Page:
But Herod is worried by the idea. He and his own wise men supposedly seek to discover Jesus’ birthplace. Eventually, they call on the three wise men to ask when the star appeared. And thanks to Micah’s prophesy that the messiah would be born in Bethlehem, Herod sends the trio to Bethlehem to search for Jesus. (Supposedly, Herod also ultimately kills the infants of Bethlehem in an attempt to snuff out Jesus.)
According to Matthew, “When they had heard the king, they departed; and, lo, the star, which they saw in the east, went before them, till it came and stood over where the young child was. When they saw the star, they rejoiced with exceeding great joy.”
Supernova RCW 86, the oldest known supernova in recorded history, was seen by Chinese astronomers in 185 A.D. (Credit: X-ray: NASA/CXC/SAO & ESA; Infared: NASA/JPL-Caltech/B. Williams (NCSU))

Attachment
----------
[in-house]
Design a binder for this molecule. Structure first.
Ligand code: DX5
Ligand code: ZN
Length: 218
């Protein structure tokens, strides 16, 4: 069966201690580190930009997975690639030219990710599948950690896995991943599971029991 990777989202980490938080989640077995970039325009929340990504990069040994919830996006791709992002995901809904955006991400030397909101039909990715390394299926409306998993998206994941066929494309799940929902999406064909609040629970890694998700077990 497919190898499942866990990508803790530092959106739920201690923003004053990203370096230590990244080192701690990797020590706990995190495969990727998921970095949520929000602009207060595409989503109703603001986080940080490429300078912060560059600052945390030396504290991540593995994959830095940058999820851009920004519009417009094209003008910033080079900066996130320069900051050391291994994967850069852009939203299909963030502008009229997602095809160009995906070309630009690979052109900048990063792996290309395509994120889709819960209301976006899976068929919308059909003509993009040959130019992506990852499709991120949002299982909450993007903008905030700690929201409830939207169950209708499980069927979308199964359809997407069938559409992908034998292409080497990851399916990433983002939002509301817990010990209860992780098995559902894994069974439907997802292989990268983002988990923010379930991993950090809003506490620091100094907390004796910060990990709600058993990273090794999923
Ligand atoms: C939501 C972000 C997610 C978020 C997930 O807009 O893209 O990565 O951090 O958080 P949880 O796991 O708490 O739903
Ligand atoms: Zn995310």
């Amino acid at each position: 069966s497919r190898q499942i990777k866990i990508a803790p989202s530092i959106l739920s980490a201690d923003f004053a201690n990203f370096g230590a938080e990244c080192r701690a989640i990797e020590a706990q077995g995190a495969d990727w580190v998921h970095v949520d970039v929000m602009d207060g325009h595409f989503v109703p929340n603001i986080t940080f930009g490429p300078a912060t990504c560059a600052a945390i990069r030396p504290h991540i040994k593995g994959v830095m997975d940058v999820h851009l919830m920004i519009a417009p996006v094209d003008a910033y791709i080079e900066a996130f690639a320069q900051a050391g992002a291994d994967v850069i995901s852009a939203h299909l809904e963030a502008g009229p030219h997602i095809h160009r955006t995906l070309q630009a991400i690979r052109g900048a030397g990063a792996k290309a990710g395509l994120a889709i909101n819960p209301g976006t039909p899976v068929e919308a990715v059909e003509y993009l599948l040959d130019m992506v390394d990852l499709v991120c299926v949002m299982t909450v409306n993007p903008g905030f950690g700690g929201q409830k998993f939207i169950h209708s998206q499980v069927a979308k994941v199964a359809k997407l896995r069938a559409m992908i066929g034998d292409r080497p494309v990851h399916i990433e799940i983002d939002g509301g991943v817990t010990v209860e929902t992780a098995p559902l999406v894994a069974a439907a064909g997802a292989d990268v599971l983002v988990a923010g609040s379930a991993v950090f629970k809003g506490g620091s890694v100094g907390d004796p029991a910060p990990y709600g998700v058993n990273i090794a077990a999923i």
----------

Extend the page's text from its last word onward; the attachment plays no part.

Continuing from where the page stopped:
Evidence for the Star of Bethlehem
For centuries, astronomers have looked to the historical record in search of evidence for what could explain this Star of Bethlehem. Scholars have been discussing potential causes since at least the 13th century. Perhaps it was a supernova, a comet, a solar flare or an alignment of planets. Or, alternatively, maybe it never happened at all. The truth is, science will likely never know the truth.
But let’s entertain the idea that it was a real celestial event. What are some science-backed explanations that could explain the Star of Bethlehem?
Well, the story is relatively vague, but it does give us some clues.